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Huelva: Southern Europe's largest biomass power plant

Spain’s and southern Europe’s largest power generation plant using forestry biomass provides a power output of 50 MWe. It is owned by ENCE Energía y Celulosa de Huelva and has been built and is being managed by OHL Industrial. Here the plant is described from a technical point of view with different environmental benefits the project entails.

View of the boiler house and biomass fuel in-feed to the two day silos (photo Miguel de la Cuesta). Marina).

View of the boiler house and biomass fuel in-feed to the two day silos (photo Miguel de la Cuesta Marina).

The issue at hand concerns Spain’s and Southern Europe’s largest biomass plant for generation purposes with forestry biomass as main fuel, with ENCE Group itself as supplier. The installed capacity of the generator is 50 MWe, with high cycle design efficiency in terms of primary energy fuel usage for the power production. Currently, stable and constant values of electric out, out to the grid are being registered.

The guaranteed power production is around 370 000 MWh per year obtained from the turbine, which in turn is driven by superheated steam at high pressures. Some 366 000 tonnes per year of biomass are needed for this purpose. The production equals the power demand of a city of 360 000 inhabitants. Energy selling into the grid is managed directly by ENCE Group.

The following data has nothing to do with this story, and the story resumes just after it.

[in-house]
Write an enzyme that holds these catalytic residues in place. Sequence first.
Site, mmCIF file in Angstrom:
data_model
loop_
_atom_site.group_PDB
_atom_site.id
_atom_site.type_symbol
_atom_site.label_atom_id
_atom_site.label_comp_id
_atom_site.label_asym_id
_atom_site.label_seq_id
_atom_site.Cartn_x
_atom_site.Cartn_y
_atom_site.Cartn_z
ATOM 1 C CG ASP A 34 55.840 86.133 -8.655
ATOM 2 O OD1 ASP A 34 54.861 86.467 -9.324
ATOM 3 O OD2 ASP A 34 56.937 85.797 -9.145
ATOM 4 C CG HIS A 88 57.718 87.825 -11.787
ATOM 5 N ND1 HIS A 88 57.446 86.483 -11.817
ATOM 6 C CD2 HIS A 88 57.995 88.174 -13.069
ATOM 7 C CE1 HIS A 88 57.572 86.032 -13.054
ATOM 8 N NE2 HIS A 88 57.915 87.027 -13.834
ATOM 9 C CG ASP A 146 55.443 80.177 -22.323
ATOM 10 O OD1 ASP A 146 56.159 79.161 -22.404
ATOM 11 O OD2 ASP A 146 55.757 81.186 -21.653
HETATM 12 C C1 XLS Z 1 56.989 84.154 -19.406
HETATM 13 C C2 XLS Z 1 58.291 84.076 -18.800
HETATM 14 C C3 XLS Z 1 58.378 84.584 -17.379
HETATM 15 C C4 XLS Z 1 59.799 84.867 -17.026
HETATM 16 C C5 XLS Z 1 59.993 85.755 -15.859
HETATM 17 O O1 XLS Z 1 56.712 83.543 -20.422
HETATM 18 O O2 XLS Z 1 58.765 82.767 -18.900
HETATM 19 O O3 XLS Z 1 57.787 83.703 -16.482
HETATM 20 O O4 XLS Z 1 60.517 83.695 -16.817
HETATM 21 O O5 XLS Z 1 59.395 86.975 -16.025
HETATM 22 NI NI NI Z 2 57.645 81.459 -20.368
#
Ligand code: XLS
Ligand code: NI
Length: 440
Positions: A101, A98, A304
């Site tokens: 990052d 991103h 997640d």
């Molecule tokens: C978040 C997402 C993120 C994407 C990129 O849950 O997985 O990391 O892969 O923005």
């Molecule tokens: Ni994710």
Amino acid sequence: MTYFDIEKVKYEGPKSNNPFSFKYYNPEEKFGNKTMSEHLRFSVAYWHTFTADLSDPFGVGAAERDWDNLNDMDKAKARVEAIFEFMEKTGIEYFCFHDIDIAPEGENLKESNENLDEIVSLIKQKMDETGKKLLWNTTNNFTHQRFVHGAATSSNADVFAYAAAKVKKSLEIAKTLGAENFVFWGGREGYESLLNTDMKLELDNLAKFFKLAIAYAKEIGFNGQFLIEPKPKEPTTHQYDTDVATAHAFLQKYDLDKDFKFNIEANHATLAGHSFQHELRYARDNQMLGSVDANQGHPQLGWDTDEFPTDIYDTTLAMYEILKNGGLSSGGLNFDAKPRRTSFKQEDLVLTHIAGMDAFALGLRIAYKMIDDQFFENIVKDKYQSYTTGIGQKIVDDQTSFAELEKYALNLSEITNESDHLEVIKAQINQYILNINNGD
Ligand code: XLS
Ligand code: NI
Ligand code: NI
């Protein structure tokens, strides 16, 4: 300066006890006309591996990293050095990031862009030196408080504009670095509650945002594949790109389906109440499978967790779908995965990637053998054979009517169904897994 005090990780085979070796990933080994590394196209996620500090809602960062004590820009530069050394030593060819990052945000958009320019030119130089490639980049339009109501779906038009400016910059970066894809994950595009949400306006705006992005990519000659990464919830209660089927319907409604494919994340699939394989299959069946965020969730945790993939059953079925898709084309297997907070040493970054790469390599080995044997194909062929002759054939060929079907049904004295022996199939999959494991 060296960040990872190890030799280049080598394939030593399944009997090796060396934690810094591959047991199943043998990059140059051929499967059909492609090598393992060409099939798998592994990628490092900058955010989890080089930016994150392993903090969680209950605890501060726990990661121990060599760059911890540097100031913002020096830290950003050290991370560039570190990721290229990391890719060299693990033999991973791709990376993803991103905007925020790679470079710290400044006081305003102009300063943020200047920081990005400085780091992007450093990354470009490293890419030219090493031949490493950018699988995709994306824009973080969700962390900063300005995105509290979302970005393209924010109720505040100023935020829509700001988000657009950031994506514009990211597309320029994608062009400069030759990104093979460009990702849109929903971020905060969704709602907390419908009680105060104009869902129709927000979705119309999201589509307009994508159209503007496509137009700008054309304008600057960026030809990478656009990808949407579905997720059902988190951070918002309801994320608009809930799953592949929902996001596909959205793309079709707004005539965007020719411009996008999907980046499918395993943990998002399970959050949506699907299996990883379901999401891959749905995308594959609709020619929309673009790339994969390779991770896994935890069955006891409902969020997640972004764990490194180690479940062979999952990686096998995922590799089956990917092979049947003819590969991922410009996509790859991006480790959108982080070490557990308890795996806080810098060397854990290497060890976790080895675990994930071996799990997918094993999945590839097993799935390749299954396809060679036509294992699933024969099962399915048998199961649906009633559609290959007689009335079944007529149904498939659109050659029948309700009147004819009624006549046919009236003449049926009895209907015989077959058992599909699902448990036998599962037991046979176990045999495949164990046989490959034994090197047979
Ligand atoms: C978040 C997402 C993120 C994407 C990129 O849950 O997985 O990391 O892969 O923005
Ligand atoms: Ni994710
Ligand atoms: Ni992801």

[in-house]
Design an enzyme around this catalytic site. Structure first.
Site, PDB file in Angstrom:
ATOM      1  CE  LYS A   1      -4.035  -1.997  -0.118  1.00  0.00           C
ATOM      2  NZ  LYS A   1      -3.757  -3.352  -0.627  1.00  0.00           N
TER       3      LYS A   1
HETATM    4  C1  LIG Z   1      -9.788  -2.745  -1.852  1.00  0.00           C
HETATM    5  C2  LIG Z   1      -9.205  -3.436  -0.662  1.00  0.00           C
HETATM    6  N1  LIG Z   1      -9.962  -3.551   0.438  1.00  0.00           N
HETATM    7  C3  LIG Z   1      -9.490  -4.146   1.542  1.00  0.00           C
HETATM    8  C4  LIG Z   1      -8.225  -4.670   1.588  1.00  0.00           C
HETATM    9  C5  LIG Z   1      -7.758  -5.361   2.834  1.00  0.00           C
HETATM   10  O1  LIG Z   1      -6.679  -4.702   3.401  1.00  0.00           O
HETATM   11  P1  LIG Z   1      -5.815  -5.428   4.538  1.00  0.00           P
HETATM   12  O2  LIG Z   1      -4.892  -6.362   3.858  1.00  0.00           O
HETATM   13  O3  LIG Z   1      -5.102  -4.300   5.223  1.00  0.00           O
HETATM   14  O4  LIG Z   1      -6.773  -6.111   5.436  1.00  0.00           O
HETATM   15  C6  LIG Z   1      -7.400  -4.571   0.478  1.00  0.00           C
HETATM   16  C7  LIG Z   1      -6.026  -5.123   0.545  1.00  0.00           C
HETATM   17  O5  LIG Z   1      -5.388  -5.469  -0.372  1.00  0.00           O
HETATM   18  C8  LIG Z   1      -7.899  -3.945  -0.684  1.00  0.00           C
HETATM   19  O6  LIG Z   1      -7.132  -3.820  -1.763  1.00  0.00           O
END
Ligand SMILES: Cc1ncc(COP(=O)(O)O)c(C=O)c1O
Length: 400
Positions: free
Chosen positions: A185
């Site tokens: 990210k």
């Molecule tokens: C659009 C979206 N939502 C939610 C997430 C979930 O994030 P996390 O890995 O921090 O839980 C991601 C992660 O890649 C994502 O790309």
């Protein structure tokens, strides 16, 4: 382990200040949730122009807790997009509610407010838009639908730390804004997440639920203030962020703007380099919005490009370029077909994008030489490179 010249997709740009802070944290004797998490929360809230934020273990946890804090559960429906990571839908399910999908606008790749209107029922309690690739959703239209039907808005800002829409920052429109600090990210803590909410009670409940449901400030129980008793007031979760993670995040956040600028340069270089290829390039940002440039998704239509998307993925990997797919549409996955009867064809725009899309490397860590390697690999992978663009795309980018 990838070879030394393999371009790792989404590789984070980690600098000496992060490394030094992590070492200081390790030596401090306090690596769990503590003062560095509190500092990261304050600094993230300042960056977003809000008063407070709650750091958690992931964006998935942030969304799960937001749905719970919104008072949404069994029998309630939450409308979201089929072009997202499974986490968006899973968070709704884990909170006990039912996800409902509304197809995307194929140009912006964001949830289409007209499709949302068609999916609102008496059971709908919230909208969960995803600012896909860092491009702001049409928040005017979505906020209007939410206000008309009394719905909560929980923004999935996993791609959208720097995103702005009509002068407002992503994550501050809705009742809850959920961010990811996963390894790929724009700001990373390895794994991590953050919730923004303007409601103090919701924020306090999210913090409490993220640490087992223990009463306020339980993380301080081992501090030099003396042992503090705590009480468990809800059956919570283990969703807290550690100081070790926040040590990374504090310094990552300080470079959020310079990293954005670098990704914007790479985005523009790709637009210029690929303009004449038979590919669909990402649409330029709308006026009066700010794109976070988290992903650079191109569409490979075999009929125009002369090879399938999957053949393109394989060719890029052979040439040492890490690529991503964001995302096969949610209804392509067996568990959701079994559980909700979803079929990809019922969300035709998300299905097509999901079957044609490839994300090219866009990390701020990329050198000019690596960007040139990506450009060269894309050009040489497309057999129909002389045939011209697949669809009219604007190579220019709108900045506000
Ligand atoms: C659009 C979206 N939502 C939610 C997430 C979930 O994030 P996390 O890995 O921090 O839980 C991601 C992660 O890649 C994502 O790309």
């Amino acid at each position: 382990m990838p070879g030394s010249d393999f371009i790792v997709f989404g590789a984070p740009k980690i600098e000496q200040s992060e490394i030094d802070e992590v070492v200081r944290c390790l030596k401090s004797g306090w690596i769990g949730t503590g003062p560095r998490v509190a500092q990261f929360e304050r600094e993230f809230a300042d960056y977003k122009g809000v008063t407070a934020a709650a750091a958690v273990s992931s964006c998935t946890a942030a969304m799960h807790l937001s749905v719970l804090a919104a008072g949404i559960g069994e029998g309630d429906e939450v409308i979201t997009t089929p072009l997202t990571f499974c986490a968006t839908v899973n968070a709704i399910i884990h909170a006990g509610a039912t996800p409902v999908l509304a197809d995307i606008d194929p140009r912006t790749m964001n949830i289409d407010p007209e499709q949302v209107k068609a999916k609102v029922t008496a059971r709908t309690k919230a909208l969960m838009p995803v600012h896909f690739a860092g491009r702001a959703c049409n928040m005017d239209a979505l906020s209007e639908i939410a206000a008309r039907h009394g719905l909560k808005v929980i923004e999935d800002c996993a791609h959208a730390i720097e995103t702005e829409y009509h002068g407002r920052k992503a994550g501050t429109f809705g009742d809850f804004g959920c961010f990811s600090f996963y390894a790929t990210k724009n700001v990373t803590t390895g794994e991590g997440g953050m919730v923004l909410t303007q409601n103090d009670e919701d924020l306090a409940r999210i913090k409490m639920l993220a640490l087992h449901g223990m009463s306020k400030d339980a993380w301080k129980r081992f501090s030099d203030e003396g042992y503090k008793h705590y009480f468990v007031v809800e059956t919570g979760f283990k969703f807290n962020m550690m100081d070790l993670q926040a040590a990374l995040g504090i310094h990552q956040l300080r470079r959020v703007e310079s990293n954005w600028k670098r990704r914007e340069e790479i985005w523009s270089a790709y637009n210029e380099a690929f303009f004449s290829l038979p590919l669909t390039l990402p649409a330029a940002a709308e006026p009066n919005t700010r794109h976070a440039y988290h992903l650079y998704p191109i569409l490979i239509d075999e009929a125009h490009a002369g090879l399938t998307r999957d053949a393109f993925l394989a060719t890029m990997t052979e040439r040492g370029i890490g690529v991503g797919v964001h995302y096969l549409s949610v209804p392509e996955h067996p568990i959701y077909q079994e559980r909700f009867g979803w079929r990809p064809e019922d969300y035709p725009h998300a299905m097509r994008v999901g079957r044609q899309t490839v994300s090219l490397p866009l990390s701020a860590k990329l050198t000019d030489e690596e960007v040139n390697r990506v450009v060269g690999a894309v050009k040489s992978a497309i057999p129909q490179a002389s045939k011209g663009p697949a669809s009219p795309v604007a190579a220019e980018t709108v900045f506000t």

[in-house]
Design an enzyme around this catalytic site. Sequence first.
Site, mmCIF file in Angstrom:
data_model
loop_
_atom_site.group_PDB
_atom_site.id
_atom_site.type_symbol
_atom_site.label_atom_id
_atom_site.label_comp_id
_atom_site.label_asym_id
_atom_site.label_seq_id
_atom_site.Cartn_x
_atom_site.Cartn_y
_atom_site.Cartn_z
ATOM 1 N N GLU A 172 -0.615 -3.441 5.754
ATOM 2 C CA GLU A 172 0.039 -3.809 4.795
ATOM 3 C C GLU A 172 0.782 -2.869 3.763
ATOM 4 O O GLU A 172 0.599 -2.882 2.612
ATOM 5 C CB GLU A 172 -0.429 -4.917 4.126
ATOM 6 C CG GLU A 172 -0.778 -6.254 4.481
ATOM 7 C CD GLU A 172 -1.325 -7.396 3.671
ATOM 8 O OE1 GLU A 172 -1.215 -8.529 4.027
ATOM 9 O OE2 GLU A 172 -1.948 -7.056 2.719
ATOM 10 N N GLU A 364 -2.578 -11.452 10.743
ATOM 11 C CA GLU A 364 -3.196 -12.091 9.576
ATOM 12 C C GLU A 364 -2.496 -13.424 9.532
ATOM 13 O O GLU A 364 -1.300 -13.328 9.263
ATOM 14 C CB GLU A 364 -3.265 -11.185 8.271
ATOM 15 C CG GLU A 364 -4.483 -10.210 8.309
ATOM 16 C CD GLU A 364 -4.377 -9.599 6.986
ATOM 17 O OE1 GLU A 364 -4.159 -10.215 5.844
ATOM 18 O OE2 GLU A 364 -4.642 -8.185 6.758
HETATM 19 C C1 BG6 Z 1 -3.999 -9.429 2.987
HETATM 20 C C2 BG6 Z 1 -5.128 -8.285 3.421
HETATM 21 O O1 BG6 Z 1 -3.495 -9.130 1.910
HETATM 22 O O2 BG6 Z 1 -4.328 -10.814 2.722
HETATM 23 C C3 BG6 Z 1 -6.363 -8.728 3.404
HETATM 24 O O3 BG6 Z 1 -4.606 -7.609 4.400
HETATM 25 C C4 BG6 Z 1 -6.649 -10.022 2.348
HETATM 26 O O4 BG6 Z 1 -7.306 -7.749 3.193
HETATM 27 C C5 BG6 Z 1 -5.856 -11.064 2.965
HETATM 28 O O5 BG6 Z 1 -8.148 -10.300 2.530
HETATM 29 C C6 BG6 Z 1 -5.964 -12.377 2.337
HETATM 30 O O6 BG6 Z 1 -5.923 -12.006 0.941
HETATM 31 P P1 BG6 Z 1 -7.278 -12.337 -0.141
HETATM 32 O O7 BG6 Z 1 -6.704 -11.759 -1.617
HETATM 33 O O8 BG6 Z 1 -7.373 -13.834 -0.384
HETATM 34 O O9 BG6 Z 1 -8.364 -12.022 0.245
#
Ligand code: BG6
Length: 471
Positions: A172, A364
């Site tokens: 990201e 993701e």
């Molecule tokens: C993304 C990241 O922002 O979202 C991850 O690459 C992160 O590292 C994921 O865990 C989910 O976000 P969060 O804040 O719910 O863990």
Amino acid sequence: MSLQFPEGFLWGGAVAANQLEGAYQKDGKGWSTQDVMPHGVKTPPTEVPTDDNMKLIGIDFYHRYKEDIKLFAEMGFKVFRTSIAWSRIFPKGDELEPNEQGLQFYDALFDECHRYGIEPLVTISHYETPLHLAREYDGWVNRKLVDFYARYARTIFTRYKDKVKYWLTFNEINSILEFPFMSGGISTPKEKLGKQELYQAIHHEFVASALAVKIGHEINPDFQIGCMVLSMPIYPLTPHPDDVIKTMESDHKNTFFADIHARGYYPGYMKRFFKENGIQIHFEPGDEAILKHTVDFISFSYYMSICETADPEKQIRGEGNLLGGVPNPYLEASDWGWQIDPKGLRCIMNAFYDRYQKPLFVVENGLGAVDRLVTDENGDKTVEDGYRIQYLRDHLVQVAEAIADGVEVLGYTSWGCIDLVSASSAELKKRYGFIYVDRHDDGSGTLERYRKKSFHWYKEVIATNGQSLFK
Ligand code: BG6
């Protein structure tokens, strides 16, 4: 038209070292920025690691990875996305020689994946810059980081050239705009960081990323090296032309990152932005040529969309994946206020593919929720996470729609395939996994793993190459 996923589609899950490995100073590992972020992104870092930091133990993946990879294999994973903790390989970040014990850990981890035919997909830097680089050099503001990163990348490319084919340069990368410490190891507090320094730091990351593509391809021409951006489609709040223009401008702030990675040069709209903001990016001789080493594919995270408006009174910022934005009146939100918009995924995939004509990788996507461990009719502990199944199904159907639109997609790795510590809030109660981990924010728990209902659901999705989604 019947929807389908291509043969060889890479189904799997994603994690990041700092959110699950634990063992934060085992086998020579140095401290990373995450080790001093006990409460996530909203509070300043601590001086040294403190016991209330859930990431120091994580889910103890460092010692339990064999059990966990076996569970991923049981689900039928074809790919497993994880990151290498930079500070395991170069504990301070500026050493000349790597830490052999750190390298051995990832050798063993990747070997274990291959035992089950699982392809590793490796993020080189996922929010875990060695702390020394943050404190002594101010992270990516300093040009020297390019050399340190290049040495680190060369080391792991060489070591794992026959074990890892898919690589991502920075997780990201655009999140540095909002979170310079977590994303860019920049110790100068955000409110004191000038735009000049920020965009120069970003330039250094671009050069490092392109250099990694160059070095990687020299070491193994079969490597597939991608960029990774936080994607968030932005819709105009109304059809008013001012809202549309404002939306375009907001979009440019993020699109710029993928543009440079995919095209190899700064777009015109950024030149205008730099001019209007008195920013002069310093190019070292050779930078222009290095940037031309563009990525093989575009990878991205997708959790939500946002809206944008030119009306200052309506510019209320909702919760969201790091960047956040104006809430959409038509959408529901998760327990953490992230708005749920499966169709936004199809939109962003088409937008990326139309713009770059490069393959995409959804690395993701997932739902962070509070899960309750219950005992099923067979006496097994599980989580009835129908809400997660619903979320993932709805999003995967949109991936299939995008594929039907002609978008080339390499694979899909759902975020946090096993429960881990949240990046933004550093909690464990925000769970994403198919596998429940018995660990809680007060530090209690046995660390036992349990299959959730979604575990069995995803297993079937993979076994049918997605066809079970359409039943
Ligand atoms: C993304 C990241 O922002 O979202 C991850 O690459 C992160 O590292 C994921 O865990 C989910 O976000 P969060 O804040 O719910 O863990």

600 000 tonnes/year of processed biomass

The plant takes up an area of around 65 000 m2 and is composed of two main operative parts: processing park and the power island. The processing park is where the treatment of the incoming forest biomass; forest residues, energy crops, logs and eucalyptus stumps takes place at a pace of 95 trucks per day. The processing capacity of the processing park is estimated to be around 600 000 tonnes per year; this challenge has been overcome thanks to the use of advanced technology for the pre-treatment and the internal logistics of biomass.